My dad kidded me when we left home in Detroit, Michigan for college at Ohio University in Athens, Ohio. Once we got all my stuff in the station wagon, he wondered if we had room for me. Somehow I squeezed into the front passenger seat and we made it. Then we had the arduous task of many parents and their kids going to college for the first time: carrying all of the stuff up stairs and down hallways to the dorm room or apartment in humid end-of-the-summer weather.
From what I hear, packing for college is still a pressure packed event on the home front. New students tend to pack everything they think they need. Having participated in helping college students and their parents move in during fall orientation, I’ve seen the boxes of shoes women bring, and felt the weight of what guys bring too. By their second semester or year, most students have pared down what they actually need – a lot less.
I value, appreciate, and salute Chi Alpha Christian Fellowship groups across the country that prepare every August and September to assist students and their parents during move in. The hot, humid weather does not make it any easier on the Chi Alpha staff and students as they carry, lug, and tote box after box up flights of stairs.
Welcome move in efforts on campus is an exciting, yet, rewarding activity, for new students and Chi Alpha. First, it is a great service to families moving their son or daughter to campus. Second, it’s a wonderful opportunity to connect with freshmen early in their orientation. Third, it’s a chance to extend friendship and service with a smile. Last, we do not underestimate the help Chi Alpha chapters offer parents and their children, because we recognize how stressful the packing process actually is: not just in terms of the contents, but the emotions connected to dropping off and leaving their kid(s).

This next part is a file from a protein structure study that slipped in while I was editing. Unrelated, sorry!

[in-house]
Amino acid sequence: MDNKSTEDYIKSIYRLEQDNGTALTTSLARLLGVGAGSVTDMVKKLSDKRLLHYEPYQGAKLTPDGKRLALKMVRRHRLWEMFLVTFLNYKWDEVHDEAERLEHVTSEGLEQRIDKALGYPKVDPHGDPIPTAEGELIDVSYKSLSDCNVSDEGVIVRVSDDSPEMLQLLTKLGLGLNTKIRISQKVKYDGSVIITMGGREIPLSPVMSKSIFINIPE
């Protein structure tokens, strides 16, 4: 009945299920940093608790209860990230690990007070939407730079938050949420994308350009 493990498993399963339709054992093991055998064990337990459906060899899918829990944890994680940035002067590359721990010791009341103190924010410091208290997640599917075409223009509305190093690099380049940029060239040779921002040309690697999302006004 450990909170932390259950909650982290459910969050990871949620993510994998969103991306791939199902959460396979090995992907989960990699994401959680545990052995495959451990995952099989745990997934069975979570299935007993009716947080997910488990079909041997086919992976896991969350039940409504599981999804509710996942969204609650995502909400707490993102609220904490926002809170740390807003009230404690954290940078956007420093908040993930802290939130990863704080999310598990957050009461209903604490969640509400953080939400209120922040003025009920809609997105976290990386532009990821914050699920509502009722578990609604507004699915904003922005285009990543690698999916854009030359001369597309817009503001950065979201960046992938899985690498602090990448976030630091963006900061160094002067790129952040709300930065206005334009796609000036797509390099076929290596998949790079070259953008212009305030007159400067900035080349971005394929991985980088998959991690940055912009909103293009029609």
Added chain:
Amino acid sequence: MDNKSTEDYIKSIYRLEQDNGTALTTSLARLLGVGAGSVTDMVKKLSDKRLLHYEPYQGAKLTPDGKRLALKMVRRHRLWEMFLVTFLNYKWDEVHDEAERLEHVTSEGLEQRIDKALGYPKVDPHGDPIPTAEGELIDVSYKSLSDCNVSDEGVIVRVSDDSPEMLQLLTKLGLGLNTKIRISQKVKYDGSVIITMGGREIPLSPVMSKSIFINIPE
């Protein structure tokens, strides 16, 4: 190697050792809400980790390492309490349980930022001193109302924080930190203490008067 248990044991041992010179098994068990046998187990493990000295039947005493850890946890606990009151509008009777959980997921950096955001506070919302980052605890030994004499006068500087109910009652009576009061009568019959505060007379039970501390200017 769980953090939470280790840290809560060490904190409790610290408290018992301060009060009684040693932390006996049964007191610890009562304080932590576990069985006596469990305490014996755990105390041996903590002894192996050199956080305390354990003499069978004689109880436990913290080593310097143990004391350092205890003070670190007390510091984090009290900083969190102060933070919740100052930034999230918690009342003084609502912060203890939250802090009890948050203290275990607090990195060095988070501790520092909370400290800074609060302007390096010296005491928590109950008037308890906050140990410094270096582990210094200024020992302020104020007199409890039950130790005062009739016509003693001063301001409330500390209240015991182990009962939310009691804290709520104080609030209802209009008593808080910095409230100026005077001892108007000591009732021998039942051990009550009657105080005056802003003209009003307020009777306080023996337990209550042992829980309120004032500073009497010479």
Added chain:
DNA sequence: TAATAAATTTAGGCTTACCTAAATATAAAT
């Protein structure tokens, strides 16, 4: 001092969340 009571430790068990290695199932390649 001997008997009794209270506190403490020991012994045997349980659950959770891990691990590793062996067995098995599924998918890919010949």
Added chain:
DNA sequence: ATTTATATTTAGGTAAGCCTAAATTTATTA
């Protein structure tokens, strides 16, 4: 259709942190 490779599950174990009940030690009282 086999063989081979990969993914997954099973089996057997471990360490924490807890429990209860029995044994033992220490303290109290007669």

Read 2 Timothy 1:3-18.
When the apostle Paul wrote his second letter to Timothy, his young leader-in-training, the older man was in prison facing eventual death for his faith. He challenged his young disciple to hold onto the faith he had learned from his mother and grandmother. And he reminded Timothy to “fan into flame the gift of God” and practice it (2 Timothy 1:5-6).
Think about it, your faith is like a legacy from your parents, a family member, and/or a significant church leader. All of us have someone who modeled, spoke about, taught, and encouraged us to know what we believe about Jesus and why we believe it.
Paul had several former disciples who abandoned their faith (Phygelus and Hermogenes, in 1:15), and many who were a blessing due to their character, perseverance, and service, like Timothy (Philippians 2:20-22), and Onesiphorus (2 Timothy 2:16).
Think theologically. When you prepare for college as a first semester freshman or soon-to-graduate-senior, I hope you do not forgot to bring your faith with you. Please do not leave it at home. Pack your copy of God’s Word, all the influence you have, and do not keep it to yourself. Share your faith with others. Do not leave home without it. Imitate who ever led you to Jesus. Feed your faith and live it out. You will be glad you did.
Love is a verb,
©2016 by Mike Olejarz